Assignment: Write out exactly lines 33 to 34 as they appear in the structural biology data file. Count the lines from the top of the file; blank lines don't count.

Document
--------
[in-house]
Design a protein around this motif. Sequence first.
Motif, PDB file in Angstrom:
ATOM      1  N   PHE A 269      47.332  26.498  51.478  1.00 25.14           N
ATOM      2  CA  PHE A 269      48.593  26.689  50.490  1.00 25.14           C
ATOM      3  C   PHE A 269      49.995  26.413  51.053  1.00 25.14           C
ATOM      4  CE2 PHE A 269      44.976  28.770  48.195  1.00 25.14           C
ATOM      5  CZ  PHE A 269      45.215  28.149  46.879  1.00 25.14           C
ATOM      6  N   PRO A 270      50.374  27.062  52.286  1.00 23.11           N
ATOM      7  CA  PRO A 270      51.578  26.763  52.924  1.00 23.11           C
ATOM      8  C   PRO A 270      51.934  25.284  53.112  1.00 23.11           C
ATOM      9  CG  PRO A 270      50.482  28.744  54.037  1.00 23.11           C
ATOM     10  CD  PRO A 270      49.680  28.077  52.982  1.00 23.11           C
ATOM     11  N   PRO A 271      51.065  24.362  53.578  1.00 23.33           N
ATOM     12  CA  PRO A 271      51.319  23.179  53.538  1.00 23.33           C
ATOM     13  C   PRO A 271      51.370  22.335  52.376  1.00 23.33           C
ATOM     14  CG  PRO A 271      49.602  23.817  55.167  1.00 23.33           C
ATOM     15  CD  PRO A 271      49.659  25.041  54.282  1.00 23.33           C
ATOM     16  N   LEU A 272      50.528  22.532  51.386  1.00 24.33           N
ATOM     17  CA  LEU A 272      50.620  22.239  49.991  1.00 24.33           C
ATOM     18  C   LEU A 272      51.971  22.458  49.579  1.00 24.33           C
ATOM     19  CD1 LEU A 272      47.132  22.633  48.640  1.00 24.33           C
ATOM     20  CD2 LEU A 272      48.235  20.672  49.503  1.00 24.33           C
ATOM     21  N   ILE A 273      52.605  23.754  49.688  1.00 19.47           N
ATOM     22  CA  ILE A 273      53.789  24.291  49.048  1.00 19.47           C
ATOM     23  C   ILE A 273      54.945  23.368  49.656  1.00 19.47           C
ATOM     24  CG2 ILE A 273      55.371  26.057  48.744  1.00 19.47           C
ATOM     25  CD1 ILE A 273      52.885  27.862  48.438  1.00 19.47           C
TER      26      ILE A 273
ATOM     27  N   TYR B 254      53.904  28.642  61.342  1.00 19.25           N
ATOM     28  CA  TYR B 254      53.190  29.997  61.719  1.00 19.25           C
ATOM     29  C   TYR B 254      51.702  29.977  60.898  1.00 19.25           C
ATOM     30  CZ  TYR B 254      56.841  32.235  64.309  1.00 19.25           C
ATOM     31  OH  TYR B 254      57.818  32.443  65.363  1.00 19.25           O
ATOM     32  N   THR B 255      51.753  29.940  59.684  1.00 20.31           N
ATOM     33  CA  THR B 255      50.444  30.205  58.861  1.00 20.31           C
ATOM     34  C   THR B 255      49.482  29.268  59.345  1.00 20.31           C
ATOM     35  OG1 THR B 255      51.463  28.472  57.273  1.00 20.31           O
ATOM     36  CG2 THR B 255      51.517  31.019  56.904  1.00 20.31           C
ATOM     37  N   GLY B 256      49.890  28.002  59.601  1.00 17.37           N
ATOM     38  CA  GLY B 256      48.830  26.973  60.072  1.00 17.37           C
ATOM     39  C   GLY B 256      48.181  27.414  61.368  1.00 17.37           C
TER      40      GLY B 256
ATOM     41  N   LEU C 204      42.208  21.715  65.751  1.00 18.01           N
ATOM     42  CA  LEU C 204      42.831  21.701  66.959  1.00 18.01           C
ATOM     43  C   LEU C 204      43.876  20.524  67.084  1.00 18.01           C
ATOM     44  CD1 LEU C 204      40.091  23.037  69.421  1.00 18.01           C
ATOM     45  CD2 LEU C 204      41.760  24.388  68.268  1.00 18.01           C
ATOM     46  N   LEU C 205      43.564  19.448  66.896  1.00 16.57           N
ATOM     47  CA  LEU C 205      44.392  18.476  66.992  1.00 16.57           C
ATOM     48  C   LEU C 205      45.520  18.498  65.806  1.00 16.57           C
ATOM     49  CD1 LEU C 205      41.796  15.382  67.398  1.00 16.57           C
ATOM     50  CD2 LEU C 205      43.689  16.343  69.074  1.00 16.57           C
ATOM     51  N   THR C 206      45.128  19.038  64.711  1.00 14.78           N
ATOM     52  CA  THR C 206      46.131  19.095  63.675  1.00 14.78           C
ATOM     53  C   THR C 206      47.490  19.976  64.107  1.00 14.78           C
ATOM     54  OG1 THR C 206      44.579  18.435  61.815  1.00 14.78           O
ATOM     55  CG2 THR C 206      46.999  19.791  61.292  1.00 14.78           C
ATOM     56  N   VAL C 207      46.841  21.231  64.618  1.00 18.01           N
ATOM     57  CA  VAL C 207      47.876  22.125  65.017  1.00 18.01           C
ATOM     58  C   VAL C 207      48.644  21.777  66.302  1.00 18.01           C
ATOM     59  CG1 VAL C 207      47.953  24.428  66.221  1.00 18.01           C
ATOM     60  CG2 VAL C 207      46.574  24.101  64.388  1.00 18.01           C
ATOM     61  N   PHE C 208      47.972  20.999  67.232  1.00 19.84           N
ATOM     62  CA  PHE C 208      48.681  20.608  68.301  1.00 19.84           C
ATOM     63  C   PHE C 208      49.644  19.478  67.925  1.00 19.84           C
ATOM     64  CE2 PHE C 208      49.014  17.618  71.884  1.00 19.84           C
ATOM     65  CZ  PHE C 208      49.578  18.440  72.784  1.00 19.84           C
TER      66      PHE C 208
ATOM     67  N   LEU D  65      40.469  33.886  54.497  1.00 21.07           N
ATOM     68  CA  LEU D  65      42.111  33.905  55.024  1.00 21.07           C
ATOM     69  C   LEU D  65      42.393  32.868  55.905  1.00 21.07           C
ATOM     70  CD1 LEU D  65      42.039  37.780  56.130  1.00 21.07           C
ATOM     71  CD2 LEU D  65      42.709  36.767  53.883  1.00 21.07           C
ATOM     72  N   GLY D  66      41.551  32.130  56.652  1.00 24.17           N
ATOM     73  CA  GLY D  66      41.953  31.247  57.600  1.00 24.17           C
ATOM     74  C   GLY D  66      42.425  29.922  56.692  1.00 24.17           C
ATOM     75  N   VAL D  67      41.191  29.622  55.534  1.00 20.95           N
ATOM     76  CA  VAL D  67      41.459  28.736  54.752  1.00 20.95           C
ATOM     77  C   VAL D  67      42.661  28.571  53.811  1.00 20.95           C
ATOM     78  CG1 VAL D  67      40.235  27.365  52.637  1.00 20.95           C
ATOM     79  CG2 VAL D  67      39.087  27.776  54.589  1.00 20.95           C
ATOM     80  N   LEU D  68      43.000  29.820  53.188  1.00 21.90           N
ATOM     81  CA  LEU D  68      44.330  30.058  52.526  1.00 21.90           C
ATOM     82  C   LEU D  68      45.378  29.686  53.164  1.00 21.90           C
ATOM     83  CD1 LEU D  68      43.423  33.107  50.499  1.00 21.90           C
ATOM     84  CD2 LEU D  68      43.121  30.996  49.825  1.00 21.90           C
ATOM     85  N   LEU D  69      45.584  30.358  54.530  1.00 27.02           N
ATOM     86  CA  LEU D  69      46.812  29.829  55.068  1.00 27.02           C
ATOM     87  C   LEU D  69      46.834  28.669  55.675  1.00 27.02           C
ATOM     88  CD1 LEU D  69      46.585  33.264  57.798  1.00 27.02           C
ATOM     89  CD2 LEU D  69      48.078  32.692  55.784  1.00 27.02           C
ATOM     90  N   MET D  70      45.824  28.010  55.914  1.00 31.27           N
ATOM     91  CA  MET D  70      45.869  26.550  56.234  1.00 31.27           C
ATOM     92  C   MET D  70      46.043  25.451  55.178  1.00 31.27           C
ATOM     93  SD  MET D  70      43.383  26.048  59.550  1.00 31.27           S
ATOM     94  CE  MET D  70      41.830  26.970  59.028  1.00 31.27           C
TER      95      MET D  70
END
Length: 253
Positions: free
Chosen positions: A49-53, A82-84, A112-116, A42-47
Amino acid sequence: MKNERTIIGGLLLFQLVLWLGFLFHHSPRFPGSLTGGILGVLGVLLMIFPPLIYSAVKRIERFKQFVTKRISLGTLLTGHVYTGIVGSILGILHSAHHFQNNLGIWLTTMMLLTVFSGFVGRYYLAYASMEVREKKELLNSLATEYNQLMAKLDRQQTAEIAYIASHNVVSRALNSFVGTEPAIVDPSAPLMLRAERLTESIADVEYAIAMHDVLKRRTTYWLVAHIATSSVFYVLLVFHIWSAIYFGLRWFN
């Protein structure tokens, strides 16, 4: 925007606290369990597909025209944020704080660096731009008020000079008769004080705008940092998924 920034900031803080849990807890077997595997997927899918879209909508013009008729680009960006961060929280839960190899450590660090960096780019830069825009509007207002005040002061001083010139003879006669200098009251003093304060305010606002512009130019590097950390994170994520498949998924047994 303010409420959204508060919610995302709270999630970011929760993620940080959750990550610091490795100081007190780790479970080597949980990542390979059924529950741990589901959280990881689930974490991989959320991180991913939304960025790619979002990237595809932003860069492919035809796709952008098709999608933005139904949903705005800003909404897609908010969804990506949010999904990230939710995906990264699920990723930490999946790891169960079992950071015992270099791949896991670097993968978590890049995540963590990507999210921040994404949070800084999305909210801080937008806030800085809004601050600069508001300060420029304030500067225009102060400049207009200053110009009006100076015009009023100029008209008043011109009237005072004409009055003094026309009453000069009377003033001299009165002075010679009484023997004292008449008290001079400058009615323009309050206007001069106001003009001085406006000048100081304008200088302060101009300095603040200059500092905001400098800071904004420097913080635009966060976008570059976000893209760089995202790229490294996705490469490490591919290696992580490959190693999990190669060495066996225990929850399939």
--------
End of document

ATOM     30  CZ  TYR B 254      56.841  32.235  64.309  1.00 19.25           C
ATOM     31  OH  TYR B 254      57.818  32.443  65.363  1.00 19.25           O